PROVIDENCE, R.I. (AP) — A federal judge in Rhode Island has agreed to let a lawsuit move forward against the Roman Catholic religious order the Legion of Christ, turning down an attempt by the disgraced order to end the lawsuit brought over a late Yale University professor's $1 million bequest.
U.S. District Judge Ronald Lagueux signed an order last week to adopt a magistrate judge's recommendation that the lawsuit be allowed to proceed. The decision does not address the merits of Paul Chu's claims, only whether he has standing to sue.
It's the second lawsuit making its way through the courts in Rhode Island that raises questions about how the Legion secured large donations from elderly supporters. The other is in state court and involves around $60 million left by a wealthy widow. It was dismissed because the judge found the woman's niece did not have standing to sue, but a state Supreme Court appeal is pending.
In the federal lawsuit, Chu, the son of retired mechanical engineering professor James Boa-Teh Chu, says his father was wrongly coerced, defrauded and deceived into signing over $1 million to $2 million to the Legion before he died in 2009. He says his father, who lived in East Providence, R.I., was led to believe the Legion's founder, the late Rev. Marcial Maciel, was a saint, even as the Vatican was investigating serious sexual abuse allegations about him.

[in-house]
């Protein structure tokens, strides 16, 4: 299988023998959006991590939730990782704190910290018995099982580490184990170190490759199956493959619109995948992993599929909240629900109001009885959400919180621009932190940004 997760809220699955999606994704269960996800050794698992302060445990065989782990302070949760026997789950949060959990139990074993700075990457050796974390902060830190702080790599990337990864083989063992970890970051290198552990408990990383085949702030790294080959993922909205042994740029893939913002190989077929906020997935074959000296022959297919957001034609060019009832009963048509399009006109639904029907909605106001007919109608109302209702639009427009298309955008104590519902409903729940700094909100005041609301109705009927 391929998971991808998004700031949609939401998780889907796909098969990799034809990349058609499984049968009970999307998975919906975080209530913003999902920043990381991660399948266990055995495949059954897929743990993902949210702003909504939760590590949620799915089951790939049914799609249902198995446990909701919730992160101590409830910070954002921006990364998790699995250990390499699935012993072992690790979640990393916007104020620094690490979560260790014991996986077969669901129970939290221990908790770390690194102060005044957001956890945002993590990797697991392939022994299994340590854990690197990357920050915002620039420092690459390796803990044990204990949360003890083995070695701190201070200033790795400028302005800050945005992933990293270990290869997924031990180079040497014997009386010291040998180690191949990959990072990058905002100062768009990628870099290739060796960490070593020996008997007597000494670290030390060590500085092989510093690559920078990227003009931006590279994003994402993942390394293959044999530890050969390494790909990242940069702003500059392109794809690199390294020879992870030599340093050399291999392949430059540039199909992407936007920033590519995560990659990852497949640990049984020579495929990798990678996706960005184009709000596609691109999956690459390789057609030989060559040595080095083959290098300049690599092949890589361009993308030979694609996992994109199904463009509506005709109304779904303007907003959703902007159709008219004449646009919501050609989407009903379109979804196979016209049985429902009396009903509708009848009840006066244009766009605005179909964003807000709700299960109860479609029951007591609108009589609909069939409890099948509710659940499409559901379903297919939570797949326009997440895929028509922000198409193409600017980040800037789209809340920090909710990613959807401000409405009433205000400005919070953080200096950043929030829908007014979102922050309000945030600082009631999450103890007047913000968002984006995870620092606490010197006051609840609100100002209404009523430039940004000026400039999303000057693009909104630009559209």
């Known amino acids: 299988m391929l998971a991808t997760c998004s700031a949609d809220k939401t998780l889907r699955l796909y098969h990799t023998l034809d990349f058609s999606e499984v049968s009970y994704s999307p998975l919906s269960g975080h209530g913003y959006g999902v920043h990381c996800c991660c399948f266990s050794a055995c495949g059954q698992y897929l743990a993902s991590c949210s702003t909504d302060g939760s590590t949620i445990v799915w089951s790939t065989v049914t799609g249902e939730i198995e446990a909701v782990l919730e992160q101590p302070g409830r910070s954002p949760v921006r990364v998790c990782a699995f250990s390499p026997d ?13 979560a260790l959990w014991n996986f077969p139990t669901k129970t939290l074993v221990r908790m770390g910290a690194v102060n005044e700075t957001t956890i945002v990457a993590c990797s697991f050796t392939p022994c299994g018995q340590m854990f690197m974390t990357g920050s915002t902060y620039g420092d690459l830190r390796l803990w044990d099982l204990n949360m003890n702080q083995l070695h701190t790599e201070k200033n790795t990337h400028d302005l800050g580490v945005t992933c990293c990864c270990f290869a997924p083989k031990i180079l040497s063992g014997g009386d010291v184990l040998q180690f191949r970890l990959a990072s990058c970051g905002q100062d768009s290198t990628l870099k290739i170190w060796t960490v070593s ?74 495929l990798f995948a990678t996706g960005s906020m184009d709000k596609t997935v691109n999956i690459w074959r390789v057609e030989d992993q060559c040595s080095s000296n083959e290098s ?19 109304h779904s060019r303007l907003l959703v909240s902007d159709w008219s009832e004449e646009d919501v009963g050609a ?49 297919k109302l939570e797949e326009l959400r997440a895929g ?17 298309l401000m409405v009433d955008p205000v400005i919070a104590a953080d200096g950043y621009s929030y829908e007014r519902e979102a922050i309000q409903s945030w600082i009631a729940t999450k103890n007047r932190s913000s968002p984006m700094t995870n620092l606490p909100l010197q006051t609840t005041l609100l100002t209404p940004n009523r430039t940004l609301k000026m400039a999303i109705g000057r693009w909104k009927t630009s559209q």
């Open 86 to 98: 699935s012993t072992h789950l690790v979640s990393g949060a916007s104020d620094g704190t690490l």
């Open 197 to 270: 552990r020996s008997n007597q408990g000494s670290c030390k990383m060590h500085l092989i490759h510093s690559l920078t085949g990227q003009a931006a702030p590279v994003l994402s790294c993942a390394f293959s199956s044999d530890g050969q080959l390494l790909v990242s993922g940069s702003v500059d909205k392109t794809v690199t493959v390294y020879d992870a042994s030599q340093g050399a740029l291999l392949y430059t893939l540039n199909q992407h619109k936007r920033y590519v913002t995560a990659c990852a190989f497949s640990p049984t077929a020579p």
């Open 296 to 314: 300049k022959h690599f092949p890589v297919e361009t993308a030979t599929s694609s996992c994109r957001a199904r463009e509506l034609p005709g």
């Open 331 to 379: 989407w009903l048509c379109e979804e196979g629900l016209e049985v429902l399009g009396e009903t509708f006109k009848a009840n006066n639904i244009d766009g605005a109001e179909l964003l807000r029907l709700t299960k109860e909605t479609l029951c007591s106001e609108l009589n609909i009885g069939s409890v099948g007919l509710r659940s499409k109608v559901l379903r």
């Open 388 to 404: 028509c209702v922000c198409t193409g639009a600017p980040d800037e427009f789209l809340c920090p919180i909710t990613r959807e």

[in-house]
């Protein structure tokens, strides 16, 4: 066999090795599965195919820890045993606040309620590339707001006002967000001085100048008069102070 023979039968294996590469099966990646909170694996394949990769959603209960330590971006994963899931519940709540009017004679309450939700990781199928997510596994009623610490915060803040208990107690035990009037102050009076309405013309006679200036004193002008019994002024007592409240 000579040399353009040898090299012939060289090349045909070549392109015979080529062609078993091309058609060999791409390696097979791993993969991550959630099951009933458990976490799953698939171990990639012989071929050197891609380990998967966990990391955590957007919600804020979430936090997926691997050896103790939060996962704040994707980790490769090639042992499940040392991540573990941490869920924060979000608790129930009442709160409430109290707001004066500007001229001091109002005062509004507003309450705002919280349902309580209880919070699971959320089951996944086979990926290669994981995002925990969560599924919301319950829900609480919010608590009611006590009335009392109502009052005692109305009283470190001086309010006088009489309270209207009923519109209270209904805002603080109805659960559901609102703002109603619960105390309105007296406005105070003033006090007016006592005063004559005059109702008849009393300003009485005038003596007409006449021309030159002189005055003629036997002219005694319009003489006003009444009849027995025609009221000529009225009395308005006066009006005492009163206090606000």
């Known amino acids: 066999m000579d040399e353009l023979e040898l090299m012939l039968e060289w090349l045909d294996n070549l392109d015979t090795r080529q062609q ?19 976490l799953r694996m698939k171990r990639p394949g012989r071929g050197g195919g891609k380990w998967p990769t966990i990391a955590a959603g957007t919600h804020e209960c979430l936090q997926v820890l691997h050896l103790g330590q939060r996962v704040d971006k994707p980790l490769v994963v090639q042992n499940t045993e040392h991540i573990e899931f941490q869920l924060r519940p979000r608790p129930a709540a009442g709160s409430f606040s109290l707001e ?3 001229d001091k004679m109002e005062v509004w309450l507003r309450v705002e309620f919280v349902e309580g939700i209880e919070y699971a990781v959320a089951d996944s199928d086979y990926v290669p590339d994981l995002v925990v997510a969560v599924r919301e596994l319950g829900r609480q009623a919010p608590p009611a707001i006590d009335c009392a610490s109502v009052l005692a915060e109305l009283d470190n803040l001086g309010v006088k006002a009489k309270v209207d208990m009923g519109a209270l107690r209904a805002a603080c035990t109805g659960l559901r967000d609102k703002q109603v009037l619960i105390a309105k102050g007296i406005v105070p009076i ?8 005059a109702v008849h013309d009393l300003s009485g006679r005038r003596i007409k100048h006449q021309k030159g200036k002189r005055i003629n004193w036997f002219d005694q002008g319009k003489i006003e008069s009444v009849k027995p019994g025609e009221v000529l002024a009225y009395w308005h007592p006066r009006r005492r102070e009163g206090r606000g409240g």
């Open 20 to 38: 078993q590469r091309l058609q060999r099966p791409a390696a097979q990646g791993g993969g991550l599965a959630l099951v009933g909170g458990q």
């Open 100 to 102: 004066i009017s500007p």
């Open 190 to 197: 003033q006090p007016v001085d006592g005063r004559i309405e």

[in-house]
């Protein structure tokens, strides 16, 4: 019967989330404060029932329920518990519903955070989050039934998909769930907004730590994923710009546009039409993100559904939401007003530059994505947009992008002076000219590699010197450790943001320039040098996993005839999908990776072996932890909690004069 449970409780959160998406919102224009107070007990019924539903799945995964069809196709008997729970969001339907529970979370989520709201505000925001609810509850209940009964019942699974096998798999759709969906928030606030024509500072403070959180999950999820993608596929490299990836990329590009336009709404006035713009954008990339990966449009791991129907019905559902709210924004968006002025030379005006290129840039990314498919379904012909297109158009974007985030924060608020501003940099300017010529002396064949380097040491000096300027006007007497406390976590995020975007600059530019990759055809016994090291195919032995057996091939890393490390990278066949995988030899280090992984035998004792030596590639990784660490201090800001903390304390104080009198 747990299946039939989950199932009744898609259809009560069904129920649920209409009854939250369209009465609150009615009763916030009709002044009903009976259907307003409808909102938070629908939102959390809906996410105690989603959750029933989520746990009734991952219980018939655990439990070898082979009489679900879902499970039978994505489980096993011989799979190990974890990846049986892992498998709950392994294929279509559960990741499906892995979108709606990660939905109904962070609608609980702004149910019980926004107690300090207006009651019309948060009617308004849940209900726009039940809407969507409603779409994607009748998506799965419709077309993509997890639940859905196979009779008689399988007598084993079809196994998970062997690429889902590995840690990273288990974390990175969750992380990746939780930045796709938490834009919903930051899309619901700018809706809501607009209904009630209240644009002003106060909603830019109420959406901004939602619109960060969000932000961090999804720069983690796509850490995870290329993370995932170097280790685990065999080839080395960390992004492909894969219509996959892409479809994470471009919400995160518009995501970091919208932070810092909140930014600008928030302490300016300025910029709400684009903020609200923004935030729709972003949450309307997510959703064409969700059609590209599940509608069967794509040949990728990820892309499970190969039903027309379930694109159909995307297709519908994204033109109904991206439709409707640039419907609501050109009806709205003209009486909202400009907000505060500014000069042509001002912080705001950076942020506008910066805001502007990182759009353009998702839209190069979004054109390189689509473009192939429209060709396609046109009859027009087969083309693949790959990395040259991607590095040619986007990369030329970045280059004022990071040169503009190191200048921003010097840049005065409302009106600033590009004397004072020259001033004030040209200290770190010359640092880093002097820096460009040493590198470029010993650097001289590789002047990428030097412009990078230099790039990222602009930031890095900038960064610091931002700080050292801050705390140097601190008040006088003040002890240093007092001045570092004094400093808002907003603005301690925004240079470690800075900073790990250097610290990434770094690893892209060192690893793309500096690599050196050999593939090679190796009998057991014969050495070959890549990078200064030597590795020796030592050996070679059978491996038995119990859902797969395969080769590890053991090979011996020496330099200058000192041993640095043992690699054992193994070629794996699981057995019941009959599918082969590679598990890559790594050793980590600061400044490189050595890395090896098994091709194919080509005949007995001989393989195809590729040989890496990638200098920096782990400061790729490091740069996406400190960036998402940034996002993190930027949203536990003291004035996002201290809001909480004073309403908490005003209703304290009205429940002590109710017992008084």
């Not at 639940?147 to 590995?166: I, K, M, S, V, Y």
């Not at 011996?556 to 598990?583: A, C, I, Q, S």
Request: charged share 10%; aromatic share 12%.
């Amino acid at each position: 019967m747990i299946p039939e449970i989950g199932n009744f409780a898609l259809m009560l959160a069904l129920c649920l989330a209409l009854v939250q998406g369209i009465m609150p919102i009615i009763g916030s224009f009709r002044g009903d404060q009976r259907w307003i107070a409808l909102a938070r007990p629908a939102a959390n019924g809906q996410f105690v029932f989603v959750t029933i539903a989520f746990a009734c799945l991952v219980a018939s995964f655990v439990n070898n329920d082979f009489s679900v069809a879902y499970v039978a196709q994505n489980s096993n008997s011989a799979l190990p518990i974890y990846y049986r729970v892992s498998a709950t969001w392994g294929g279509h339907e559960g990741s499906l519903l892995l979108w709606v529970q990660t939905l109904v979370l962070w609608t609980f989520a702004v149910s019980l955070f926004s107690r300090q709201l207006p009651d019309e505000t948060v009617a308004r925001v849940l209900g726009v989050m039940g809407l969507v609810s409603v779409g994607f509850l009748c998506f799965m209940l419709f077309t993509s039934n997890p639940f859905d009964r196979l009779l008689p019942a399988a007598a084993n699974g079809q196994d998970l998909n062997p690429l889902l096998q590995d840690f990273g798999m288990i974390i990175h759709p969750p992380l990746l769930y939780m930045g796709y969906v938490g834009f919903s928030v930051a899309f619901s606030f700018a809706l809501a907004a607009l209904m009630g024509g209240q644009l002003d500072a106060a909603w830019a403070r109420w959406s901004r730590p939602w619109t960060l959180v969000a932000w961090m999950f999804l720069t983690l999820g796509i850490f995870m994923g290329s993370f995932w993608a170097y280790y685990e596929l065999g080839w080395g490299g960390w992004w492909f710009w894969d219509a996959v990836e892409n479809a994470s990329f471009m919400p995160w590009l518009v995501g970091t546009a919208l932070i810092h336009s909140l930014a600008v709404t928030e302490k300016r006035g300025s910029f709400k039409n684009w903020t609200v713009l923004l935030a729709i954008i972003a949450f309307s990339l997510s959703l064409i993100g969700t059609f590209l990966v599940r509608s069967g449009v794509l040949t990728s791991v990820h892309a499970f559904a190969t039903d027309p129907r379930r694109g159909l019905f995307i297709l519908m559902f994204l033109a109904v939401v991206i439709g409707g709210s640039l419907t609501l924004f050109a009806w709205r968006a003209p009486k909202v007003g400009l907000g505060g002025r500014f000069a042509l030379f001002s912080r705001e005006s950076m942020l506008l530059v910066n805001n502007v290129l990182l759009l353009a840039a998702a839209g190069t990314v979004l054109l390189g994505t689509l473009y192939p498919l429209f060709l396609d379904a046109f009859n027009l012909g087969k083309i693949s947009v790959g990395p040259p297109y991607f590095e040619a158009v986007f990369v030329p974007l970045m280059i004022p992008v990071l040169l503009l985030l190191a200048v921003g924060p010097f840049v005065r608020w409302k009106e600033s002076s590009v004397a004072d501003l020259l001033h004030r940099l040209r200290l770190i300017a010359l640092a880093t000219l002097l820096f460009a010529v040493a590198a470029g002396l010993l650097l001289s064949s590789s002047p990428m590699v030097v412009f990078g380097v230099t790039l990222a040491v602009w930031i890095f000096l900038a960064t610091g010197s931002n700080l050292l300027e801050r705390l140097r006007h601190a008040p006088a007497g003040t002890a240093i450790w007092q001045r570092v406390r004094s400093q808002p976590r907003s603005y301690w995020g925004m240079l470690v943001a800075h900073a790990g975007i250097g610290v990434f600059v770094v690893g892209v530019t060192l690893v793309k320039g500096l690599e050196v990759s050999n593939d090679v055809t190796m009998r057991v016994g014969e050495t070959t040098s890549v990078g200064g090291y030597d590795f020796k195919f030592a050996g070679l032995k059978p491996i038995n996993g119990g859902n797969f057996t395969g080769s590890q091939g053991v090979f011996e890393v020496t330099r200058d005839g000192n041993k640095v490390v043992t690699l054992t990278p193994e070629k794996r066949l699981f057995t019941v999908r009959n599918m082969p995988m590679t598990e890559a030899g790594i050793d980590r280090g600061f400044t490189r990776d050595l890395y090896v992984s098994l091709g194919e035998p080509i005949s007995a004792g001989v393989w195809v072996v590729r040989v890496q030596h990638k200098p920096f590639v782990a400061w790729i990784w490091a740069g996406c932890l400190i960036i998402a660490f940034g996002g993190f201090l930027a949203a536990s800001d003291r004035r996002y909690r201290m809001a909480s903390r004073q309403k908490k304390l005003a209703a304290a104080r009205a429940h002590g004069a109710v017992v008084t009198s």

The Legion denies the allegations and has said it doesn't pressure anyone to contribute.
"The Legion has behaved correctly in relation to Mr. Chu and expects to prevail in the case," Paul Fair, a Legion spokesman, said in an email Thursday.
Chu's lawyer, John Flanagan, said they looked forward to having a "full, long jury trial to determine the issues."
Chu's father was a member of the Legion's lay movement, Regnum Christi. The magistrate judge found that he held a "deep regard for the sanctity of Father Maciel" and that after his death, his son found documents that he believes show evidence that Legion officials fostered that image even as a Vatican investigation was uncovering troubling facts about Maciel.
The investigation ultimately found that he had sexually abused seminarians and fathered at least three children with two women. The Vatican took over the order in 2010. A three-year reform effort was ended last week by the pope's envoy.